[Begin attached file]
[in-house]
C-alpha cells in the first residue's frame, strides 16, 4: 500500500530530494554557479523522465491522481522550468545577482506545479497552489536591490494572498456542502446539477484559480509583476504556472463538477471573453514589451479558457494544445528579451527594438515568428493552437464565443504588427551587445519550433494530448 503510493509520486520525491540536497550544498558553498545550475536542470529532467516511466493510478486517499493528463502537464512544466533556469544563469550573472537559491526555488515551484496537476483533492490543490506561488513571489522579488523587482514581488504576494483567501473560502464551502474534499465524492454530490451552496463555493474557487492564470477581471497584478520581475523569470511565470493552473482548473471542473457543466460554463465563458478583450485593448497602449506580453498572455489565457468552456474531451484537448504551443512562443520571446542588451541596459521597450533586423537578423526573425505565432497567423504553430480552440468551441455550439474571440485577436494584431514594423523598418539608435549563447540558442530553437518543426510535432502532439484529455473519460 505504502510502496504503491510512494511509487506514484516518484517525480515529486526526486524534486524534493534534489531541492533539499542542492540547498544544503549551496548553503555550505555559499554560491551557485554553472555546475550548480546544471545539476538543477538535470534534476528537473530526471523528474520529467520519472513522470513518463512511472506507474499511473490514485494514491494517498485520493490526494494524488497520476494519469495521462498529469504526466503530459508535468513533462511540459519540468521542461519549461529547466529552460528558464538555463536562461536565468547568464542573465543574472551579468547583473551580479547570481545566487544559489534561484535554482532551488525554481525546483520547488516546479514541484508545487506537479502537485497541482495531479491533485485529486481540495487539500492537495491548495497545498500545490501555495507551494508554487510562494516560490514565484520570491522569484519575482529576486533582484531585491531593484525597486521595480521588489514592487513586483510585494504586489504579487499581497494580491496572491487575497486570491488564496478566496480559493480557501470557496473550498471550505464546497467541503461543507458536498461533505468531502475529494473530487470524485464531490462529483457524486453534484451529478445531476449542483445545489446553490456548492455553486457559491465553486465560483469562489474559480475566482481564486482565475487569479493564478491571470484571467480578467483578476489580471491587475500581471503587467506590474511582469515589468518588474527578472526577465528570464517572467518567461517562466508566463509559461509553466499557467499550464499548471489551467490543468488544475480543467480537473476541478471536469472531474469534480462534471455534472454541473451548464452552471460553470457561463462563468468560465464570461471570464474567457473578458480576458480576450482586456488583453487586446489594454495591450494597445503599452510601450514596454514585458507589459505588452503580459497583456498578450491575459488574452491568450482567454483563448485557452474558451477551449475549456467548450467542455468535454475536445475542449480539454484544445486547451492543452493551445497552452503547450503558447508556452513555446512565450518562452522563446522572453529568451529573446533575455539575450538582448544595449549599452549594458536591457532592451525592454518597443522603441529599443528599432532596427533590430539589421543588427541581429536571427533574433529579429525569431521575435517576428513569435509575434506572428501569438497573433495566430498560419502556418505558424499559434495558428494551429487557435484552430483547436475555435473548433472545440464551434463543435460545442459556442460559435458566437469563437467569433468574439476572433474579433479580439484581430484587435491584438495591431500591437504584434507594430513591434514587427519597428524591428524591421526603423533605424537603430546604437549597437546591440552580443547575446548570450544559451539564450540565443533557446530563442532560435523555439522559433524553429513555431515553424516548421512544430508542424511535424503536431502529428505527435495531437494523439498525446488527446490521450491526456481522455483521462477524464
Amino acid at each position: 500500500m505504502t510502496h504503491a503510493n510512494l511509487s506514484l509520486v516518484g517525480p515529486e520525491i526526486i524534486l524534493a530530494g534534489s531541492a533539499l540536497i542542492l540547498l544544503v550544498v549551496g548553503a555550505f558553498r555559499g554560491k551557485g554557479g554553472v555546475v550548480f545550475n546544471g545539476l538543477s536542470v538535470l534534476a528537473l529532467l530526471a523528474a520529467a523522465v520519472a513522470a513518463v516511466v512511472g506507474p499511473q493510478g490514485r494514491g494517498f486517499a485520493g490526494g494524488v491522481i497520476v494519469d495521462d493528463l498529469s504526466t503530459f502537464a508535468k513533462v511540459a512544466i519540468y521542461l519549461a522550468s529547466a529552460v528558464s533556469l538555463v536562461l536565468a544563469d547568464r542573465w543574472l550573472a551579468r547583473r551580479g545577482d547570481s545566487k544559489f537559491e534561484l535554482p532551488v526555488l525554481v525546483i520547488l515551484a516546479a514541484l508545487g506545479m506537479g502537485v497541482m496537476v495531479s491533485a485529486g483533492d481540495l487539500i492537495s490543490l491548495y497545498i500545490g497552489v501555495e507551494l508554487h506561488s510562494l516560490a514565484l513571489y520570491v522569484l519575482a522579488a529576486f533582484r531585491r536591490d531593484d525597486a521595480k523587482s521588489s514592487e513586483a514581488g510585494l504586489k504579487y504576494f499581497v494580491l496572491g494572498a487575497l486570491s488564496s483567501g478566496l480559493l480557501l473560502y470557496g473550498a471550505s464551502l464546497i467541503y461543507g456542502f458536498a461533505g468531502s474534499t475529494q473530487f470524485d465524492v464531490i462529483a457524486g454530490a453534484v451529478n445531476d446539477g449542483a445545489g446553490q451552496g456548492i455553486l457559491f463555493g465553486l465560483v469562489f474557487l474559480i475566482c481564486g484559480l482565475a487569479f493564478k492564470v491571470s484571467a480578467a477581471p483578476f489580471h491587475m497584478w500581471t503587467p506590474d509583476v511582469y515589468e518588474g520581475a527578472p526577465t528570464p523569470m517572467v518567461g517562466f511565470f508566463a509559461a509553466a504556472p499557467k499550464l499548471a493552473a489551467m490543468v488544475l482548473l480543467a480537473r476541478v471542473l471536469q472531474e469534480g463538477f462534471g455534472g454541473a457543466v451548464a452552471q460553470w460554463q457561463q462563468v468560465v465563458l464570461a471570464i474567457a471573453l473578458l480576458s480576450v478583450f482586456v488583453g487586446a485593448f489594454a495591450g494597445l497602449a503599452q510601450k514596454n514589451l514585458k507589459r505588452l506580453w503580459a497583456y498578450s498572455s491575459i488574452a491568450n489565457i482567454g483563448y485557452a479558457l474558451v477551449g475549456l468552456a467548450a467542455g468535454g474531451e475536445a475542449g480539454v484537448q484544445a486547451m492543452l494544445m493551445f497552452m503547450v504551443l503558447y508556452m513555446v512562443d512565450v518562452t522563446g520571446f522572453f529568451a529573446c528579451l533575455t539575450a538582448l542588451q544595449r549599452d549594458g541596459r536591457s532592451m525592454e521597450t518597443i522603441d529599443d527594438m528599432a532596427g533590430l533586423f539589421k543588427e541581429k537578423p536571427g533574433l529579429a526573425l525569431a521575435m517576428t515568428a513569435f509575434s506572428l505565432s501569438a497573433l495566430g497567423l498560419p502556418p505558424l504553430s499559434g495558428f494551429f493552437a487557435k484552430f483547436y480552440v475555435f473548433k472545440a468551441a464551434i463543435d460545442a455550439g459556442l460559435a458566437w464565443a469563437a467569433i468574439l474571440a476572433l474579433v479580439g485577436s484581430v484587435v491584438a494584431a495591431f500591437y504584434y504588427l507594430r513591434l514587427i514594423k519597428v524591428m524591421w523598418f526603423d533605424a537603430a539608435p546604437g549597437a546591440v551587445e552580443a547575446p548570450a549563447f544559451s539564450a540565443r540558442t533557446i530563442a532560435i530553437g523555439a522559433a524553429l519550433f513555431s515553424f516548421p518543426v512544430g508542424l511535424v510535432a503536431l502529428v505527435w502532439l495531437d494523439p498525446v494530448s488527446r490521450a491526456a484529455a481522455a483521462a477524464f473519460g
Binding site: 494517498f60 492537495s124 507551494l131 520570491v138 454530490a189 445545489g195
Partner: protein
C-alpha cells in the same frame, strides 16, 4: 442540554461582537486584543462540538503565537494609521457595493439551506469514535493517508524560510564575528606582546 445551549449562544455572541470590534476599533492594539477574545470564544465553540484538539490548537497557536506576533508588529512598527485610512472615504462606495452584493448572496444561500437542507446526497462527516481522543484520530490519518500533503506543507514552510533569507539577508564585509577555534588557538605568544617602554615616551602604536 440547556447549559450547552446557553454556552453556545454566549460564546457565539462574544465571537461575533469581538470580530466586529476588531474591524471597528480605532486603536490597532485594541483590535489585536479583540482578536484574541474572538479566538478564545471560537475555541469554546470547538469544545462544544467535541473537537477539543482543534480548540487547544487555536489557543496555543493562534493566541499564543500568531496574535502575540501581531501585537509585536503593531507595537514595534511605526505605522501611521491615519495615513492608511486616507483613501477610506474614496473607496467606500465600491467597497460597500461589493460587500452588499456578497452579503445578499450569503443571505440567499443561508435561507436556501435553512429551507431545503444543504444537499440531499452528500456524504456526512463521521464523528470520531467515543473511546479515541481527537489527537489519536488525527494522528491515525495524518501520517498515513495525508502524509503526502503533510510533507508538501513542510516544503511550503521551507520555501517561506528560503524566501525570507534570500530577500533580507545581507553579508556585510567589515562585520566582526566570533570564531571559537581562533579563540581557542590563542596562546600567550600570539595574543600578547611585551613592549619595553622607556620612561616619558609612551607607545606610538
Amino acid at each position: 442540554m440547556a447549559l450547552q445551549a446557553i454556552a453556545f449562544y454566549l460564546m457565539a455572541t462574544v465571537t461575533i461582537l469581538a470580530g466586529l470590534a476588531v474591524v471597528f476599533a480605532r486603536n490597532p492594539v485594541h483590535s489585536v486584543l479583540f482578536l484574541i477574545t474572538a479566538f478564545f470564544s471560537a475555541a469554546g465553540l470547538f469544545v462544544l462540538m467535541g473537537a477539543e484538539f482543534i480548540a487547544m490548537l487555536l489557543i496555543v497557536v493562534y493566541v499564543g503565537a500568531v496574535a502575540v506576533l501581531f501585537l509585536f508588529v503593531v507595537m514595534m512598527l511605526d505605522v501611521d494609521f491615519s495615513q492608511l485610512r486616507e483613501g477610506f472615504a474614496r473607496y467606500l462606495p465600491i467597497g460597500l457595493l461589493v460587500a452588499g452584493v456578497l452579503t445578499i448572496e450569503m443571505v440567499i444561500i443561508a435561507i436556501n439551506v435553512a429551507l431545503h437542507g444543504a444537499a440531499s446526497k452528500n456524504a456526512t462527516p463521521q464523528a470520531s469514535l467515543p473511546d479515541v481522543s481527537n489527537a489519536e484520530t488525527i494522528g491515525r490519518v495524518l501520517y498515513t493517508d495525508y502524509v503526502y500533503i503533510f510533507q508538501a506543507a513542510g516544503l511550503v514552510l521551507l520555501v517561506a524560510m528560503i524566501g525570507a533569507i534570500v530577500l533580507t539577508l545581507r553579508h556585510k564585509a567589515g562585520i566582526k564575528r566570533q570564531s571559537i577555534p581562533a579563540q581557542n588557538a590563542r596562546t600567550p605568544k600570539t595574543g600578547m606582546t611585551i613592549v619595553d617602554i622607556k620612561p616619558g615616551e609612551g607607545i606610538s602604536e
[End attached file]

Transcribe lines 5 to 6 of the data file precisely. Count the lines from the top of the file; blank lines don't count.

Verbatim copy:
Partner: protein
C-alpha cells in the same frame, strides 16, 4: 442540554461582537486584543462540538503565537494609521457595493439551506469514535493517508524560510564575528606582546 445551549449562544455572541470590534476599533492594539477574545470564544465553540484538539490548537497557536506576533508588529512598527485610512472615504462606495452584493448572496444561500437542507446526497462527516481522543484520530490519518500533503506543507514552510533569507539577508564585509577555534588557538605568544617602554615616551602604536 440547556447549559450547552446557553454556552453556545454566549460564546457565539462574544465571537461575533469581538470580530466586529476588531474591524471597528480605532486603536490597532485594541483590535489585536479583540482578536484574541474572538479566538478564545471560537475555541469554546470547538469544545462544544467535541473537537477539543482543534480548540487547544487555536489557543496555543493562534493566541499564543500568531496574535502575540501581531501585537509585536503593531507595537514595534511605526505605522501611521491615519495615513492608511486616507483613501477610506474614496473607496467606500465600491467597497460597500461589493460587500452588499456578497452579503445578499450569503443571505440567499443561508435561507436556501435553512429551507431545503444543504444537499440531499452528500456524504456526512463521521464523528470520531467515543473511546479515541481527537489527537489519536488525527494522528491515525495524518501520517498515513495525508502524509503526502503533510510533507508538501513542510516544503511550503521551507520555501517561506528560503524566501525570507534570500530577500533580507545581507553579508556585510567589515562585520566582526566570533570564531571559537581562533579563540581557542590563542596562546600567550600570539595574543600578547611585551613592549619595553622607556620612561616619558609612551607607545606610538